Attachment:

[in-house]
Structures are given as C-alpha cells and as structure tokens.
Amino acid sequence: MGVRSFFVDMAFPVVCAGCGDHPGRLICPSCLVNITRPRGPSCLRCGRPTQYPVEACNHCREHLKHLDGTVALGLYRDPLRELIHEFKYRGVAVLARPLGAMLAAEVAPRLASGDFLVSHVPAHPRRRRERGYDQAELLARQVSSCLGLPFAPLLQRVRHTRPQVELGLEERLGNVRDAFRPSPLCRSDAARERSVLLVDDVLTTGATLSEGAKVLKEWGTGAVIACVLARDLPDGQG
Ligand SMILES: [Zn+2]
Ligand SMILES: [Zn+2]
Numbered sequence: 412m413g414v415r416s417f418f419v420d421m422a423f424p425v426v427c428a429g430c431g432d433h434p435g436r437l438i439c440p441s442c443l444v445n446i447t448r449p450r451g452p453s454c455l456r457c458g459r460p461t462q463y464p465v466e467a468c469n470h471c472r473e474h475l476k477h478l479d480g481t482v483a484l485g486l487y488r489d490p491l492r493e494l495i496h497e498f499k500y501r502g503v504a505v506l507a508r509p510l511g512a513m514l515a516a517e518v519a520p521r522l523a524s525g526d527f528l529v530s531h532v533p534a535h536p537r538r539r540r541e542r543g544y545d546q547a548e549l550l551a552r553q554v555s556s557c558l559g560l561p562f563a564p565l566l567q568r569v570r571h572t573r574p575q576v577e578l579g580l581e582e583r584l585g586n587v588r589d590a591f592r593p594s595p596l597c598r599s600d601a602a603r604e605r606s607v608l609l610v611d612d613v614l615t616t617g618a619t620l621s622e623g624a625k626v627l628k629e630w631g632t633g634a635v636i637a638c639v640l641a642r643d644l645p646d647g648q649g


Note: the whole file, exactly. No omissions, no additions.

[in-house]
Structures are given as C-alpha cells and as structure tokens.
Amino acid sequence: MGVRSFFVDMAFPVVCAGCGDHPGRLICPSCLVNITRPRGPSCLRCGRPTQYPVEACNHCREHLKHLDGTVALGLYRDPLRELIHEFKYRGVAVLARPLGAMLAAEVAPRLASGDFLVSHVPAHPRRRRERGYDQAELLARQVSSCLGLPFAPLLQRVRHTRPQVELGLEERLGNVRDAFRPSPLCRSDAARERSVLLVDDVLTTGATLSEGAKVLKEWGTGAVIACVLARDLPDGQG
Ligand SMILES: [Zn+2]
Ligand SMILES: [Zn+2]
Numbered sequence: 412m413g414v415r416s417f418f419v420d421m422a423f424p425v426v427c428a429g430c431g432d433h434p435g436r437l438i439c440p441s442c443l444v445n446i447t448r449p450r451g452p453s454c455l456r457c458g459r460p461t462q463y464p465v466e467a468c469n470h471c472r473e474h475l476k477h478l479d480g481t482v483a484l485g486l487y488r489d490p491l492r493e494l495i496h497e498f499k500y501r502g503v504a505v506l507a508r509p510l511g512a513m514l515a516a517e518v519a520p521r522l523a524s525g526d527f528l529v530s531h532v533p534a535h536p537r538r539r540r541e542r543g544y545d546q547a548e549l550l551a552r553q554v555s556s557c558l559g560l561p562f563a564p565l566l567q568r569v570r571h572t573r574p575q576v577e578l579g580l581e582e583r584l585g586n587v588r589d590a591f592r593p594s595p596l597c598r599s600d601a602a603r604e605r606s607v608l609l610v611d612d613v614l615t616t617g618a619t620l621s622e623g624a625k626v627l628k629e630w631g632t633g634a635v636i637a638c639v640l641a642r643d644l645p646d647g648q649g